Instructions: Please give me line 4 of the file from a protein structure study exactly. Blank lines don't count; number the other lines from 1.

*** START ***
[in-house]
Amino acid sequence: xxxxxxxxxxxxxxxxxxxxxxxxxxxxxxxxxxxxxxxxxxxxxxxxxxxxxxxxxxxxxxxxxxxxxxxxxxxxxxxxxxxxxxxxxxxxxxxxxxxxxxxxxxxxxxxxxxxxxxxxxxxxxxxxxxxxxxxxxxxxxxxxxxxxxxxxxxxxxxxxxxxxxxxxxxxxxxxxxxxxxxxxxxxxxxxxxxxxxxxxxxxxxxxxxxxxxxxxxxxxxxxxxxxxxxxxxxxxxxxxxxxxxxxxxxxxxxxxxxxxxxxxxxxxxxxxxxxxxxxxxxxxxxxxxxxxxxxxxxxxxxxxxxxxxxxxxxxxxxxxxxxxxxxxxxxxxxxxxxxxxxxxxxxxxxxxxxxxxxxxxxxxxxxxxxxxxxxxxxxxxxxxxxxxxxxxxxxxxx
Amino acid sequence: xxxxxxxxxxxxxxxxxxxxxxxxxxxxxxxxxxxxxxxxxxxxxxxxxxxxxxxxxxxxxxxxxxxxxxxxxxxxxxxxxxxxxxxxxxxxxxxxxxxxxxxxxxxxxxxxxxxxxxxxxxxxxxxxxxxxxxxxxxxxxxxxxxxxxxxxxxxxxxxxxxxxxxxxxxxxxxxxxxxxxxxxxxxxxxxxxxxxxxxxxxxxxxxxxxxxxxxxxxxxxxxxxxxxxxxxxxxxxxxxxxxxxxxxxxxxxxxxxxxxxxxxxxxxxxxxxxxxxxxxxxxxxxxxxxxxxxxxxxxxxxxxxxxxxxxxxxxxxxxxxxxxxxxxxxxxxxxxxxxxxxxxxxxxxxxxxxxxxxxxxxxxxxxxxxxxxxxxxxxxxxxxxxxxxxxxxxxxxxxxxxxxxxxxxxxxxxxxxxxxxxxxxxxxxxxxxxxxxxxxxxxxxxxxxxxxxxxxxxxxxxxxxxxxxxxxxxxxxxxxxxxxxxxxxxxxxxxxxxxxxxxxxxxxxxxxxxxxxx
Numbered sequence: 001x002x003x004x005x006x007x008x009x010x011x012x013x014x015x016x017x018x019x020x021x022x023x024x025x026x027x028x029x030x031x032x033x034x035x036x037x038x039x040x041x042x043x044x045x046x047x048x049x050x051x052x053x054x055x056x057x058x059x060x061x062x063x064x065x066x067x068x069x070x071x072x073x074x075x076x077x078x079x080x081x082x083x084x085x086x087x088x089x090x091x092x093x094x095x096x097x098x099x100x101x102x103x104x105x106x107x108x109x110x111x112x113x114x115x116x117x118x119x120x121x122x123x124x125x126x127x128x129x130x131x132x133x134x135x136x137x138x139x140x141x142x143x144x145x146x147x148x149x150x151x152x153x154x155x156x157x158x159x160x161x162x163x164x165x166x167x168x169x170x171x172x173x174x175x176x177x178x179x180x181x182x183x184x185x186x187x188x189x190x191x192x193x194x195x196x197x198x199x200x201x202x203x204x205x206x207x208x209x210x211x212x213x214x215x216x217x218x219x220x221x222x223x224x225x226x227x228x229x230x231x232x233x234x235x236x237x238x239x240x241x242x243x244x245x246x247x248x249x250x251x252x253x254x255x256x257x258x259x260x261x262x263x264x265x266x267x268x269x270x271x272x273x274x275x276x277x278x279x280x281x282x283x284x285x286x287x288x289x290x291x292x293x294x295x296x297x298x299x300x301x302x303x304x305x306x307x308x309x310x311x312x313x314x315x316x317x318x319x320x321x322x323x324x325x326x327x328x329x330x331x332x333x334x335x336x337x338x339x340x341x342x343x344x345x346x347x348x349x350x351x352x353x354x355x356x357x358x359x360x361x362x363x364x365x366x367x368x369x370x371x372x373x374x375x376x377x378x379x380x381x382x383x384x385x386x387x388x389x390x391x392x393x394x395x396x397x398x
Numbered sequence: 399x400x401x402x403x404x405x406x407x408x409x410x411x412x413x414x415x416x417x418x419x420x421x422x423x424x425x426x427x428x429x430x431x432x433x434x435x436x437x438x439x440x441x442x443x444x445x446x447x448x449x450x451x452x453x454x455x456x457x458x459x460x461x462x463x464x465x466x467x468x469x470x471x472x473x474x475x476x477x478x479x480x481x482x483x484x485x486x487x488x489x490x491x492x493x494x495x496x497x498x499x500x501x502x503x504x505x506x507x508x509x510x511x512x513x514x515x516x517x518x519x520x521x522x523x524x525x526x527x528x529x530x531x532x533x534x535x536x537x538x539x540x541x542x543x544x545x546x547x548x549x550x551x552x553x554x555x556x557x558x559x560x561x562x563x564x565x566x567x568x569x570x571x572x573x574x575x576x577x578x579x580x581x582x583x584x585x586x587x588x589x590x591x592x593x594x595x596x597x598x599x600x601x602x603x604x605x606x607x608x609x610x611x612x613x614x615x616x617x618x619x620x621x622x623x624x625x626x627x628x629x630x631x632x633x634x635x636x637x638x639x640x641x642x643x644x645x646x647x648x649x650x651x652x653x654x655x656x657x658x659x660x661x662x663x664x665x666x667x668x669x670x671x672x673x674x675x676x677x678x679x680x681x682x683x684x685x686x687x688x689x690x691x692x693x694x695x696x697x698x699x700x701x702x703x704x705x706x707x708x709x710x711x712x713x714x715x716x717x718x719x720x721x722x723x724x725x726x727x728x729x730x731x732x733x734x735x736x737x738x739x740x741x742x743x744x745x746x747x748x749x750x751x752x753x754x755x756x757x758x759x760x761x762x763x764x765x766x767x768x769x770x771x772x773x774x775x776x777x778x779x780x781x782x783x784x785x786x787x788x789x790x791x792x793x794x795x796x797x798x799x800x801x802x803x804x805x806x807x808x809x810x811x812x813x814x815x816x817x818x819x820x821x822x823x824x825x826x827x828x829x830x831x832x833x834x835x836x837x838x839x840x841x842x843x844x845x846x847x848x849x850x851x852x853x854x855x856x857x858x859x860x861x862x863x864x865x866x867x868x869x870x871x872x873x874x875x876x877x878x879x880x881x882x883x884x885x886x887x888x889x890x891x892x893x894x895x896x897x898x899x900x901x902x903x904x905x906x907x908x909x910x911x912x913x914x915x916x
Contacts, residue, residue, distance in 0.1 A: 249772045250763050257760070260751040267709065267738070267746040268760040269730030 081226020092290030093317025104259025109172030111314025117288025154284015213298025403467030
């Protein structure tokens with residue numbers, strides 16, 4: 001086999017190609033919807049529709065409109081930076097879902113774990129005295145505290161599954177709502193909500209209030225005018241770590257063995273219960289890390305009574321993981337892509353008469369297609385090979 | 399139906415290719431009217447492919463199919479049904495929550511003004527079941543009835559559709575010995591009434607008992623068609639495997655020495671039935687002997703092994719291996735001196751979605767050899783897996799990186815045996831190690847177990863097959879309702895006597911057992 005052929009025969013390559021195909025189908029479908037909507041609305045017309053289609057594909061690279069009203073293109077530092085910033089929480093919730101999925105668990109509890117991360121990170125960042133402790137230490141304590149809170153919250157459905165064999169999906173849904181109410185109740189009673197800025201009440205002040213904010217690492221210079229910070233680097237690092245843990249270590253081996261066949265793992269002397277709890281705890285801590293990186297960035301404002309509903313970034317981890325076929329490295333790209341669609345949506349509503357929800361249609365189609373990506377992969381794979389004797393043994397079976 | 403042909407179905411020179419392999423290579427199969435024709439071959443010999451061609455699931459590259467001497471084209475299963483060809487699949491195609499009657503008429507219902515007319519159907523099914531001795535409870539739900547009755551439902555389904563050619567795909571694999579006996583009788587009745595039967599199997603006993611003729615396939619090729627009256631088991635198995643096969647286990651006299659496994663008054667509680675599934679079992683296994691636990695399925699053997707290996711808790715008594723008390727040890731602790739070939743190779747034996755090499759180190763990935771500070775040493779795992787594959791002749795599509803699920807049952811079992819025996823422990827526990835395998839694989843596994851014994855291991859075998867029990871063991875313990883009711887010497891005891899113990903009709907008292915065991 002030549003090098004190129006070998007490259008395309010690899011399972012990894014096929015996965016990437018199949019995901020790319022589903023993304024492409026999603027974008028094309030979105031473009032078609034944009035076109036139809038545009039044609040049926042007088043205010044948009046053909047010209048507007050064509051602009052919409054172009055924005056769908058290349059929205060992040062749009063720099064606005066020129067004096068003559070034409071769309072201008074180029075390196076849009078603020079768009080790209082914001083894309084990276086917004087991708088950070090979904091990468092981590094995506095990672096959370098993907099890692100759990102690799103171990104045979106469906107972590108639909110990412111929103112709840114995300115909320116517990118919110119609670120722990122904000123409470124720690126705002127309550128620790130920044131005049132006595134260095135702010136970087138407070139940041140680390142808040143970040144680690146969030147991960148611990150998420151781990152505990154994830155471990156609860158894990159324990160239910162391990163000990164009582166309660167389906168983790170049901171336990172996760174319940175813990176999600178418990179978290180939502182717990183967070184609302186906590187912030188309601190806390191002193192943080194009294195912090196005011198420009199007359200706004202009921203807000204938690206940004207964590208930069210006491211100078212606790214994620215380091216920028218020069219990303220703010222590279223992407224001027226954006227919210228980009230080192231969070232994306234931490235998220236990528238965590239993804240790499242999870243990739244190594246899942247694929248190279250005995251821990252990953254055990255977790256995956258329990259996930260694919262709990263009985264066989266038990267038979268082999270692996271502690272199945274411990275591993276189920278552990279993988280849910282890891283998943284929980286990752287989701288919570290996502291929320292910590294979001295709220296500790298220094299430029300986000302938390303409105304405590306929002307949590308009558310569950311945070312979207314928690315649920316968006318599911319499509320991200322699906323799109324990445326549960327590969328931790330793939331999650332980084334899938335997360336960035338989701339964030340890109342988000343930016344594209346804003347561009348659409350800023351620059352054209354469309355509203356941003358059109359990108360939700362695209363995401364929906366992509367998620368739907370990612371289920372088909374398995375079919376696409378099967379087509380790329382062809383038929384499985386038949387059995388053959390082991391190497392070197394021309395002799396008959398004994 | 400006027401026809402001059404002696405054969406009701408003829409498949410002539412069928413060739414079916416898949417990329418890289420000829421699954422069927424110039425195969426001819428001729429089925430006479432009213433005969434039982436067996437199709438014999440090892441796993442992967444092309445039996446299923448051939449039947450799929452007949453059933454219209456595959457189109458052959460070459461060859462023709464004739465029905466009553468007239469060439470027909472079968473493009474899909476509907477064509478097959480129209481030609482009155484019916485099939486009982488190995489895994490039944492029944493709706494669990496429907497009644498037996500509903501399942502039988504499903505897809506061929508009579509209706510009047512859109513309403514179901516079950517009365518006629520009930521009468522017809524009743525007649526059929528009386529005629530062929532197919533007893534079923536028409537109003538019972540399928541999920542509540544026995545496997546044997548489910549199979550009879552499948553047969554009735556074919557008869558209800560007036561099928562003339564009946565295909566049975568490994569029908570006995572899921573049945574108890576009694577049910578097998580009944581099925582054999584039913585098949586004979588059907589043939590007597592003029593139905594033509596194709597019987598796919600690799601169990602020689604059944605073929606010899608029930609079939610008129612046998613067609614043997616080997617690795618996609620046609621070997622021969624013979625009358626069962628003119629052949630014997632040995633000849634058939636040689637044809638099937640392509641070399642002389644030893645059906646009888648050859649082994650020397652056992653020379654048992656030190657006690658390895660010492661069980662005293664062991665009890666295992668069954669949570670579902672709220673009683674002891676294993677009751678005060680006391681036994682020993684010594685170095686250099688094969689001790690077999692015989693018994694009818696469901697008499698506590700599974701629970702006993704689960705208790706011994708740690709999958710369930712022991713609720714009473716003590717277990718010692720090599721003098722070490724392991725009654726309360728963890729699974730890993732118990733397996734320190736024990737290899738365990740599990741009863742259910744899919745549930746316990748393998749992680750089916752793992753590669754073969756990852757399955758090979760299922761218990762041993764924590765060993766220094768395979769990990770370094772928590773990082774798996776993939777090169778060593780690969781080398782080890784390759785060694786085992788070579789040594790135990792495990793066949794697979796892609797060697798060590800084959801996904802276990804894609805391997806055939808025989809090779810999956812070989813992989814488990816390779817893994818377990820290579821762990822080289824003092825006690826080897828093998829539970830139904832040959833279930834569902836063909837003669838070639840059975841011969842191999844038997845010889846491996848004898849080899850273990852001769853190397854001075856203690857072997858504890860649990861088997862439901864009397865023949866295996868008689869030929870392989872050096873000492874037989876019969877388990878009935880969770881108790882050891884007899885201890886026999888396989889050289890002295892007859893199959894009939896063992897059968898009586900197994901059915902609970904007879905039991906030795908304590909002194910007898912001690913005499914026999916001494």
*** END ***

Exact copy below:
Numbered sequence: 001x002x003x004x005x006x007x008x009x010x011x012x013x014x015x016x017x018x019x020x021x022x023x024x025x026x027x028x029x030x031x032x033x034x035x036x037x038x039x040x041x042x043x044x045x046x047x048x049x050x051x052x053x054x055x056x057x058x059x060x061x062x063x064x065x066x067x068x069x070x071x072x073x074x075x076x077x078x079x080x081x082x083x084x085x086x087x088x089x090x091x092x093x094x095x096x097x098x099x100x101x102x103x104x105x106x107x108x109x110x111x112x113x114x115x116x117x118x119x120x121x122x123x124x125x126x127x128x129x130x131x132x133x134x135x136x137x138x139x140x141x142x143x144x145x146x147x148x149x150x151x152x153x154x155x156x157x158x159x160x161x162x163x164x165x166x167x168x169x170x171x172x173x174x175x176x177x178x179x180x181x182x183x184x185x186x187x188x189x190x191x192x193x194x195x196x197x198x199x200x201x202x203x204x205x206x207x208x209x210x211x212x213x214x215x216x217x218x219x220x221x222x223x224x225x226x227x228x229x230x231x232x233x234x235x236x237x238x239x240x241x242x243x244x245x246x247x248x249x250x251x252x253x254x255x256x257x258x259x260x261x262x263x264x265x266x267x268x269x270x271x272x273x274x275x276x277x278x279x280x281x282x283x284x285x286x287x288x289x290x291x292x293x294x295x296x297x298x299x300x301x302x303x304x305x306x307x308x309x310x311x312x313x314x315x316x317x318x319x320x321x322x323x324x325x326x327x328x329x330x331x332x333x334x335x336x337x338x339x340x341x342x343x344x345x346x347x348x349x350x351x352x353x354x355x356x357x358x359x360x361x362x363x364x365x366x367x368x369x370x371x372x373x374x375x376x377x378x379x380x381x382x383x384x385x386x387x388x389x390x391x392x393x394x395x396x397x398x